Indian authorities have cracked down on social networking sites following unrest and an exodus of migrant workers fearing revenge attacks.
The government threatened legal action against the websites if they did not remove "inflammatory" content.
Facebook and Google have removed some material, but only in cases where it broke rules on hate speech and inciting violence.
The government said Twitter's response had been "extremely poor".
However, it acknowledged this "may be in part because they don't have an office in India".
Twitter could not be reached for comment on Wednesday.
Authorities claim that threatening messages and pictures - which they allege have mostly originated in Pakistan - have been sent over the web to migrant workers following clashes between tribes in the north-east Indian state of Assam last month.
Fearing more violence against ethnic minorities, thousands of people have fled the cities of Bangalore and Pune in recent days.
The government has said social networking sites were used for scaremongering.
Additionally, India's Telecommunications Secretary R Chandrashekhar said at least 245 web pages had been blocked in the country for hosting doctored videos and images.
However, the Indian Express newspaper disputed the motives of the web page blocks, suggesting an overzealous level of censorship.
In an article published on Wednesday, it said that only one-fifth of the sites involved contained any reference to "the people of the north-east or the recent violence in Assam".
Facebook has said it will comply with requests from Indian law enforcement, but stressed it was only in cases where posts broke its existing rules that apply in all countries.
"We have received requests from Indian authorities and agencies and are working through those requests and responding to the agencies," the site said.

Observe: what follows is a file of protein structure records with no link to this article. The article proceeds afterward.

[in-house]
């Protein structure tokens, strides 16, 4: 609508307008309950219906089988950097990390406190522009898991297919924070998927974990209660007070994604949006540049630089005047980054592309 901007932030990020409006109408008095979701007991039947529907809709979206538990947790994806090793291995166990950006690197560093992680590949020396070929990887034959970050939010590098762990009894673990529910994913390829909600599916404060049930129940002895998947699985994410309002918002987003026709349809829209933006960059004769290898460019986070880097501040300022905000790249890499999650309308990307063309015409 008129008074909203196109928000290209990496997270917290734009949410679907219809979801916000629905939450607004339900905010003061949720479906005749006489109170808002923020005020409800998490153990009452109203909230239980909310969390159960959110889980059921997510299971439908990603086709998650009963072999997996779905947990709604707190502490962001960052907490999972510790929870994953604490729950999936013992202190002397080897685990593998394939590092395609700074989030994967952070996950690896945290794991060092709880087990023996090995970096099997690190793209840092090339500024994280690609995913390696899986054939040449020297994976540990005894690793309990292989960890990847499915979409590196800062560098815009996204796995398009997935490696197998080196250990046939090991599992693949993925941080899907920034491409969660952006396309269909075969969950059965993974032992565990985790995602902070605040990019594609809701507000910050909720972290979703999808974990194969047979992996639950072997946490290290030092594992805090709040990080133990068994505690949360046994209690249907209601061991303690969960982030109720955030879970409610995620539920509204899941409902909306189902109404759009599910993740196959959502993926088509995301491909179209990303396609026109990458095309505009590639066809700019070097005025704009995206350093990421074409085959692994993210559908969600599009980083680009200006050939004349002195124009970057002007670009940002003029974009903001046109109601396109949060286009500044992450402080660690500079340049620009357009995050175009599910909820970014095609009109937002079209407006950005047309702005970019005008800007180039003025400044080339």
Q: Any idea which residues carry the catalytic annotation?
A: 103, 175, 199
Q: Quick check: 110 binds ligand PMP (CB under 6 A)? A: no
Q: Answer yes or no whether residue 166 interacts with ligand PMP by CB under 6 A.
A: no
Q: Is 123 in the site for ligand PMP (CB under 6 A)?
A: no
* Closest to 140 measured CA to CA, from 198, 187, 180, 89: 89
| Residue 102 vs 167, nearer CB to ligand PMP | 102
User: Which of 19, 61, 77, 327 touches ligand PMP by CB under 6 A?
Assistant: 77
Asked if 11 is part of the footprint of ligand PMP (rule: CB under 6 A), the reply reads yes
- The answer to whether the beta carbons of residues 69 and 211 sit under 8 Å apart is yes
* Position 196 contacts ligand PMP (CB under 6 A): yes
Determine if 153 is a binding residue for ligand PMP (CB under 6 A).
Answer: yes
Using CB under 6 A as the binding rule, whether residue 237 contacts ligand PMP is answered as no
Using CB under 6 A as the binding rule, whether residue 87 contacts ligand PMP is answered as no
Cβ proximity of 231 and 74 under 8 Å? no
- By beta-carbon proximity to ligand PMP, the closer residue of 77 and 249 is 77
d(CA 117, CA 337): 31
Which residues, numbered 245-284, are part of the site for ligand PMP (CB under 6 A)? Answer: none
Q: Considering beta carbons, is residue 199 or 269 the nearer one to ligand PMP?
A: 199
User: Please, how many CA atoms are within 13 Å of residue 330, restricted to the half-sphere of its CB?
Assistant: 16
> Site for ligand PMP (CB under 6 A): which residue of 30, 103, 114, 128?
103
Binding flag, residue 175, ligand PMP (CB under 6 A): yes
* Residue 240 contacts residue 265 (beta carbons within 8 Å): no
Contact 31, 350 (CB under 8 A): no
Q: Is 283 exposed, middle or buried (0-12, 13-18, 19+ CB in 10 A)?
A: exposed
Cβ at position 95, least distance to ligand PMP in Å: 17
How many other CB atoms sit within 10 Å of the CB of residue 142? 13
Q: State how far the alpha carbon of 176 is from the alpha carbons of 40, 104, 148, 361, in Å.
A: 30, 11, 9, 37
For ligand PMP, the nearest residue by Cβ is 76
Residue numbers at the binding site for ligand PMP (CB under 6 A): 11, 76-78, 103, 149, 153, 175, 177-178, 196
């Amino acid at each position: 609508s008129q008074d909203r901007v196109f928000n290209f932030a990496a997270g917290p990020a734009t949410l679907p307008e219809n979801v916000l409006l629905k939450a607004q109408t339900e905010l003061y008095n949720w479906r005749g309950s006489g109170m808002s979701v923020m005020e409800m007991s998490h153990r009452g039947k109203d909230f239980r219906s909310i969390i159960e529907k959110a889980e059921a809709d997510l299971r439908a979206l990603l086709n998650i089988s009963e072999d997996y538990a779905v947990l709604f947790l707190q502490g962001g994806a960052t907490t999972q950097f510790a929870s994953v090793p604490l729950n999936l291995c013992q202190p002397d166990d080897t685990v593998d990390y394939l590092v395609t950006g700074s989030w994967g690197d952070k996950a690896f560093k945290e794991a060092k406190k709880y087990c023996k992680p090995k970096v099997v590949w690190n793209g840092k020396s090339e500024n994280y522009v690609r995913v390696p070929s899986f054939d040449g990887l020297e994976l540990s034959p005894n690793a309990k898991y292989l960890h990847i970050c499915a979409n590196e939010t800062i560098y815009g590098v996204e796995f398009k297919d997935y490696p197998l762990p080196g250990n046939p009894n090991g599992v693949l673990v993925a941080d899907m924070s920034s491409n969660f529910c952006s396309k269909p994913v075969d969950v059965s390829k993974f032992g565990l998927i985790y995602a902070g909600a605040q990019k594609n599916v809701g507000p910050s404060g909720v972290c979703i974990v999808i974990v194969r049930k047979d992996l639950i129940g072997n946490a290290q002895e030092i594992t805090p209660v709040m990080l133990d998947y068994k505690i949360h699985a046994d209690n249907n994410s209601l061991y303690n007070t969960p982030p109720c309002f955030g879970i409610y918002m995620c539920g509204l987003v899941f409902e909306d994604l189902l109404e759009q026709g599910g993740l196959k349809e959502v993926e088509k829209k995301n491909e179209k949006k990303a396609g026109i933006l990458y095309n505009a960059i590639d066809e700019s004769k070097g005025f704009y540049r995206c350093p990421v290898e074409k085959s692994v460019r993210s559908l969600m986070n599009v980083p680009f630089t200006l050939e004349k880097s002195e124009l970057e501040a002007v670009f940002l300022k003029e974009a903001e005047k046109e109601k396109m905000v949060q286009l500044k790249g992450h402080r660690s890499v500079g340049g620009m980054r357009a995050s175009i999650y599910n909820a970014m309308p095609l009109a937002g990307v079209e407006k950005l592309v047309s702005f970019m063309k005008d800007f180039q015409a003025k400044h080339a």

"Content or individuals can be removed from Facebook for a variety of reasons including issuing direct calls for violence or perpetuating hate speech."
Spoof Twitter accounts
The Times of India reported that the government had also moved to block access to certain Twitter accounts that were spoofing the prime minister.
Six accounts - with names such as PM0India, Indian-pm and PMOIndiaa - were blocked on Tuesday. It is believed that local internet service providers were responsible for putting the block in place.
An official from the prime minister's office told the Times of India: "We are fine with parody, even though at times it is in bad taste, and there is criticism of the government.
"But we cannot allow anyone to misrepresent the PM's office and tweet nonsense from these accounts," he said.
The newspaper reported that Twitter had been contacted in June about the accounts, but had not responded.
The added government pressure on sites and internet service providers will fuel debate in the country over censorship issues.
It is an unwelcome distraction as India tries to position itself as a developing hub for hi-tech business and commerce in Asia.
Google has said that between July and December 2011 there was a 49% jump in requests from India for content to be removed from its services, compared with the previous six months.
In 2011, the government sought greater access to the tight security system used on Blackberry smartphones.